The vertebral column functions to support body weight, give protection to the spinal cord, and as a site of muscle attachment. The column is typically made up of 33 segments called vertebrae (singular vertebra), which share a common structure. These vertebrae are grouped into five classes from superior to inferior: cervical, thoracic, lumbar, sacral, and coccygeal. The vertebral classes are differentiated by their location in the column and their typical morphology.
There are seven cervical vertebrae in the neck region. Inferior to the cervical vertebrae are the 12 thoracic vertebrae, which are in the region of the chest and articulate with the ribcage. Inferior to the thoracic vertebrae are the five lumbar vertebrae. The cervical, thoracic and lumbar vertebrae are made up of separate skeletal elements which are all separated from each other by intervertebral discs. These discs are composed of fibrocartilaginous rings (anuli fibrosus) surrounding a center disc (nucleus pulposus). The discs act as shock absorbents during locomotion. As more of the body’s weight is borne lower in the back, these discs become larger and thicker as you move from the cervical region to the lumbar region. The two most inferior units of the vertebral column are made up of vertebral segments that have fused together to form a single mass: the sacrum, which articulates with the os coxae to form the pelvis; and the coccyx, which consists of four coccygeal vertebrae which are fused together to form the vestigial human tailbone.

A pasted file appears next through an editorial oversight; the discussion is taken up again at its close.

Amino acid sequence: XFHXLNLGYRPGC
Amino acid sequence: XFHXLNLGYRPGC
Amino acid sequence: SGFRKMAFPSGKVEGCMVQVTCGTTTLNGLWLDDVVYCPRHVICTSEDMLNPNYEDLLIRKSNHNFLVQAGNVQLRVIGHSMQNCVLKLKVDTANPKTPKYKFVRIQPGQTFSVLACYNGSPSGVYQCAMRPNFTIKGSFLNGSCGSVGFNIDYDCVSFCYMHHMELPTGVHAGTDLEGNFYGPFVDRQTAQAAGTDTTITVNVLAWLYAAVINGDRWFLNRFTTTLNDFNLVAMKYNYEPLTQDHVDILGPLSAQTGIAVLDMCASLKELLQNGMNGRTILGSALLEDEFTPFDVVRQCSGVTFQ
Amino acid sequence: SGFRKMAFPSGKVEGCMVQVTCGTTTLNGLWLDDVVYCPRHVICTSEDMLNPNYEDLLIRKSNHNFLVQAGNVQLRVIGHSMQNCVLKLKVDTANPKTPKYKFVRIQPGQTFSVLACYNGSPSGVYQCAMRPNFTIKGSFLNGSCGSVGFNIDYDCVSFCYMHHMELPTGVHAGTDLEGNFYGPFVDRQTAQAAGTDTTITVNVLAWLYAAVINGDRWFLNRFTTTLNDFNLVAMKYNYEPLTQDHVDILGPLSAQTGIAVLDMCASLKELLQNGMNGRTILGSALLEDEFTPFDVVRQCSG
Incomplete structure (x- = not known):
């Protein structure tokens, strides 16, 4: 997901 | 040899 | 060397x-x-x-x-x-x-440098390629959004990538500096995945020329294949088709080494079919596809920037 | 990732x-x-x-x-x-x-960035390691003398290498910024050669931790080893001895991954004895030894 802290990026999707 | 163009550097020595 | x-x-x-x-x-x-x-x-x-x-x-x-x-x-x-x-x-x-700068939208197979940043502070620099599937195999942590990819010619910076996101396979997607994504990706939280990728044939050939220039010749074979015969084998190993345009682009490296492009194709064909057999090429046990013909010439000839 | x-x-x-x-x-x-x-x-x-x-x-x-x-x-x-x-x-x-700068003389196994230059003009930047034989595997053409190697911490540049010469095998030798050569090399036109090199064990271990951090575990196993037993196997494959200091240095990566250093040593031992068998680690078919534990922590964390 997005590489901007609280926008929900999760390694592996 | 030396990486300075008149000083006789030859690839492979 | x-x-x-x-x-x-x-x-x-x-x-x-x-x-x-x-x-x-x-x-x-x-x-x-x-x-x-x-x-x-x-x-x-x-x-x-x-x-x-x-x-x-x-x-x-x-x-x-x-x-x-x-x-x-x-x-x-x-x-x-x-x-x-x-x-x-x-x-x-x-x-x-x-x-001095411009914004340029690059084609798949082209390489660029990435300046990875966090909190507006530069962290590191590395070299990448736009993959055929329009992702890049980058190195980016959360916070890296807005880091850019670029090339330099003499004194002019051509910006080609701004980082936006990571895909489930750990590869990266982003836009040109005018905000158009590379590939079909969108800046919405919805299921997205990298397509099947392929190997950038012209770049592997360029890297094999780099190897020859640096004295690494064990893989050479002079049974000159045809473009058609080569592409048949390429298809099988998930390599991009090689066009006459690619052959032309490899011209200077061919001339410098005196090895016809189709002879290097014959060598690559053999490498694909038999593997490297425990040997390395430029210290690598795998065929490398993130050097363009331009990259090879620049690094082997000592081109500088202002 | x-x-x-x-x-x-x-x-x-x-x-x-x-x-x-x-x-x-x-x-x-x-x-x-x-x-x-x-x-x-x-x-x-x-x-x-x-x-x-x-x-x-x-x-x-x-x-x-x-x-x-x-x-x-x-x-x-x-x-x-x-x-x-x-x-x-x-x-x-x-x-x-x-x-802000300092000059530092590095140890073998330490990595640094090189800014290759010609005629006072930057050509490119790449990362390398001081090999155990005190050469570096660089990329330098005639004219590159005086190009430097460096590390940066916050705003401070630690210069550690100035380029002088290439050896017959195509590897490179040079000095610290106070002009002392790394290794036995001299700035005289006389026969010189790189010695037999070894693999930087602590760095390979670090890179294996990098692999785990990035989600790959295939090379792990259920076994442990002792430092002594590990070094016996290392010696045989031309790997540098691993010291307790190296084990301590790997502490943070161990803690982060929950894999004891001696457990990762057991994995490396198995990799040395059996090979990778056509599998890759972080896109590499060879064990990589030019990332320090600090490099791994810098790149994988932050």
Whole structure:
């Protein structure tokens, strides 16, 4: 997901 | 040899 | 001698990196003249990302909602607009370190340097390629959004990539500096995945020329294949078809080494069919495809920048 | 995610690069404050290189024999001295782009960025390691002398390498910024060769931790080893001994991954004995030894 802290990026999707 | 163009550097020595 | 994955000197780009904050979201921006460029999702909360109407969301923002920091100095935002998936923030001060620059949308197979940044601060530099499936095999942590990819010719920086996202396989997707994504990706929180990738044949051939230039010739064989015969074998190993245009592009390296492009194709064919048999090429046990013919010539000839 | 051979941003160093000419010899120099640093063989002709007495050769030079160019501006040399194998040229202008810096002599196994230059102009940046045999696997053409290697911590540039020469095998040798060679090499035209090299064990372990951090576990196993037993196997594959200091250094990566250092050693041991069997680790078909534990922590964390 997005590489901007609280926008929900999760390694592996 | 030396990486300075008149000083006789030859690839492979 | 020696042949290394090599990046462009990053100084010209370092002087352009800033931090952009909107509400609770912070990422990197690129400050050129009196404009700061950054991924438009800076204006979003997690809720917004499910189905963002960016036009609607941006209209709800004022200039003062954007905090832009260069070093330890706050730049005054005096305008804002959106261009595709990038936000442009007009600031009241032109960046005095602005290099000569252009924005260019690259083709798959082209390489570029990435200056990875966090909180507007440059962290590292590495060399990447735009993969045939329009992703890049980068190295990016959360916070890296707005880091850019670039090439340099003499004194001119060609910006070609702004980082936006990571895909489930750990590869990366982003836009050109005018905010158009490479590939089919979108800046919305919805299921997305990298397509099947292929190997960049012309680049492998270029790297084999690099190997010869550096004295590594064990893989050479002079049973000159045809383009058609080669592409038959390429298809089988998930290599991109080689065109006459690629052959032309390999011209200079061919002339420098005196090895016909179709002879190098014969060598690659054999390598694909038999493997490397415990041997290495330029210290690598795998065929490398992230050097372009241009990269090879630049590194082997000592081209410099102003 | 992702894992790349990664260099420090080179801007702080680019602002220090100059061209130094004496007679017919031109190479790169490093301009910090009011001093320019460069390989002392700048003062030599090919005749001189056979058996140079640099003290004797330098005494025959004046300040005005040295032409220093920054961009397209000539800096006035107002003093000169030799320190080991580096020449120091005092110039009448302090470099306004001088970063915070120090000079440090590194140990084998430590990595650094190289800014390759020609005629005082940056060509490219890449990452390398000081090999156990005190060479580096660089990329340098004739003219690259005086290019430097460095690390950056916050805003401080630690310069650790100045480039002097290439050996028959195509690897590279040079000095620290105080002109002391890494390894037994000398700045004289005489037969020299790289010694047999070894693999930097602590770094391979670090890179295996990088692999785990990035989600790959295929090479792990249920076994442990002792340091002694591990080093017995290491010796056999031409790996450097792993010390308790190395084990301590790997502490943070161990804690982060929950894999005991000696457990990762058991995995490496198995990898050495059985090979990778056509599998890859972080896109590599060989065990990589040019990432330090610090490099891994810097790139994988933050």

Vertebrae are identified using a system of abbreviation which includes a letter and a numeral. The letter (C, T, L, or S) refers to one of the regions discussed above. Note: coccygeal vertebrae are not commonly referenced individually, so the C refers to cervical, not coccygeal. Within each class the vertebrae are numbered from superior to inferior, beginning with the number 1. Thus C1 is the most superior cervical vertebra, while T12 is the twelfth (i.e. most inferior) thoracic vertebra.
Generalized Vertebral Morphology
In general, vertebrae share a common morphology regardless of which vertebral class they belong to. Each vertebra has a ventrally placed cylindrical body or centrum. It is the body which transmits the majority of body weight, and which is separated by a fibrous disk from the adjacent bodies.
The dorsal portion of the vertebra comprises the vertebral arch surrounding the vertebral canal, which transmits the spinal cord. The vertebral arch is made up of the pedicle and the lamina, which form the ventral and dorsal borders of the arch, respectively. Each vertebra bears a spinous process which projects inferiorly and dorsally from the lamina. Several muscles and ligaments attach to the spinous process. Each side of the vertebra bears a lateral transverse process emanating from the junction of the lamina and pedicle. The transverse processes provide muscle attachment sites for muscles which move the vertebral column.
Finally, each vertebra articulates with adjacent vertebrae by means of superior articular facets and inferior articular facets. The morphological details of these facets are the key to distinguishing between the vertebral classes, and will be discussed below.